The Texas volleyball team last traveled to Columbus, Ohio in 2002. A familiar foe, though, will be waiting for the Longhorns’ return to the Buckeye State on Thursday: Nebraska.
Texas (26-4) will meet Nebraska (31-2) in Thursday’s night’s semifinals of the Final Four. It’s a rematch of last year’s NCAA championship match won by the Cornhuskers. This is the fifth straight Final Four appearance for Texas, which has run into Nebraska six times since 2013. Texas is 4-2 in those matchups, but the Huskers have taken the last two — the 2015 title match and a sweep of the Longhorns in the first week of this season.
That loss, in the VERT Challenge tournament in Oregon, still feels like a fresh wound for Chloe Collins.
“If anything, I’ve thought about our August match and how excited I am to play them again, just knowing that we have changed so much and developed as a team,” Collins said this week. “Yes, it is a bitter taste in your mind because you always want to win that national championship, but it’s a new year and I think we’re on our way to obtaining that goal.”
Texas and Nebraska are almost a year removed from the Huskers’ 25-23, 25-23, 25-21 sweep in the NCAA title match that was played in Omaha, Neb. The Huskers pulled away in the championship-clinching set, but there were 26 ties and 12 Texas leads over the first two sets.
Nebraska and Texas didn’t have to wait long for a rematch; in the second match of the season, they faced off in Eugene, Ore. The Huskers won by 10- and nine-point margins in the first two sets before closing out the match with a 25-21 win in the third. The Longhorns hit only .140, Texas’ lone sub-.200 hitting percentage performance of the season.
It was “one of the biggest beatings I’ve taken as a head coach,” said Jerritt Elliott, who took over Texas’ program in 2001 after two years at USC. Collins said Texas lacked on-court chemistry that day and played like “an amateur team” in the defeat.
“It was one of the most devastating matches because going into the match, you want to compete well and play your best, but obviously we did not,” Collins said. “Coming into this match, I think we have a certain confidence because of how we’ve been playing this past month-and-a-half.”
The Texas team that lost to Nebraska in August wasn’t the Texas team that fell to the Huskers in last year’s title match. And you can also argue that Nebraska will see a different Texas on Thursday, too.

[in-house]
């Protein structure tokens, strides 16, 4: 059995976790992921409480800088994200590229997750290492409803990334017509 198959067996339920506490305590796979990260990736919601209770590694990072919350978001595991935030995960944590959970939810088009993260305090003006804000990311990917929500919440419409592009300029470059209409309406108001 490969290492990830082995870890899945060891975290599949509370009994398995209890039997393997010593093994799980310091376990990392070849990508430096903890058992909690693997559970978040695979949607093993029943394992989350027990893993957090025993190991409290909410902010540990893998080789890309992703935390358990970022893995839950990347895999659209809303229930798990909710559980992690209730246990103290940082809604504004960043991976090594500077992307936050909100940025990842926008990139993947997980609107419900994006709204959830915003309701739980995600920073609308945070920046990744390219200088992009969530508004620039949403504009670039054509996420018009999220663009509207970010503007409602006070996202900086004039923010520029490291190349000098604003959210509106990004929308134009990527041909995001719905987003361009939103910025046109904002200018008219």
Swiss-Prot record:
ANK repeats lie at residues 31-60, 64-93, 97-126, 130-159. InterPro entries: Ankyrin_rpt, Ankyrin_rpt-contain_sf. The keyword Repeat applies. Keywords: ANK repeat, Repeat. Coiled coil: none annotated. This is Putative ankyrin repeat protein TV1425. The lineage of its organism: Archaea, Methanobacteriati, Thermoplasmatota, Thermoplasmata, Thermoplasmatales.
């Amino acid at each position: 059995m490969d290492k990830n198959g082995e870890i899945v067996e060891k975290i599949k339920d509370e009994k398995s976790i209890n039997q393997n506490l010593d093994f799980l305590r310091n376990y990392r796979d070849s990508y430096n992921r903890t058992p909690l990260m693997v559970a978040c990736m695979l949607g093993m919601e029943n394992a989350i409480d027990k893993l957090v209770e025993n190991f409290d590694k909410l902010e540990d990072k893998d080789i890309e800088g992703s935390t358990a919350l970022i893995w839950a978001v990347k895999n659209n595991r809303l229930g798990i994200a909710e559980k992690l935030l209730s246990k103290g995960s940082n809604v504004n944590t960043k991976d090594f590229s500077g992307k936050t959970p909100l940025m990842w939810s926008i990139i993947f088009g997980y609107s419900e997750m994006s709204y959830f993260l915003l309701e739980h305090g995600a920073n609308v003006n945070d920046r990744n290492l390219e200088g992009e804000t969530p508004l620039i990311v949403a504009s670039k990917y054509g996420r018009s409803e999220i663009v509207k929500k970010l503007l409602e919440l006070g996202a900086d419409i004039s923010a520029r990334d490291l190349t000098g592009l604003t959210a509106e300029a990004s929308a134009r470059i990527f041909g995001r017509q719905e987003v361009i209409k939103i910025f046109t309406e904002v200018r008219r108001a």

Outside hitters Micaya White and Ebony Nwanebu lead Texas in the kills-per-set category, but the August assembly marked only the second match back for two players who combined to play once during injury-riddled 2015 seasons. Still six weeks away from her move to middle blocker, Yaazie Bedart-Ghani was used as a backup outside hitter in the loss. Texas also played four freshmen in the sweep.
Nebraska, meanwhile, was led in kills by seniors Kadie and Amber Rolfzen. The twins are averaging 3.19 and 1.96 kills per set. Elliott also lauded the Huskers’ ball-handling and ability to receive and deliver in the service game.
“They’re the No. 1 team in the country for a reason,” Elliott said.
Texas and Nebraska have followed a similar trajectory in the postseason. Both have recorded three sweeps, and both the Longhorns and Huskers survived five-set challenges in the regional semifinals. Texas enters the week with a seven-match winning streak; Nebraska has won five straight.
Minnesota (29-4) and Stanford (25-7) will meet in the other semifinal. Here’s a breakdown of all four teams in the field.
“It’s just been a crazy year, a lot of ups and downs,” senior Paulina Prieto Cerame said after Texas knocked off Creighton in a regional final. “I’m really glad that I’m doing this with these girls, Jerritt and the rest of the staff. We’re just really excited to be back in the Final Four again.”
Thursday-Saturday, Columbus, Ohio
Thursday’s semifinals: 2-Minnesota vs. 6-Stanford, 6 p.m., ESPN2; 1-Nebraska vs. 4-Texas, 8:30, ESPN2
Saturday’s final: Thursday’s winners, 8 p.m., ESPN2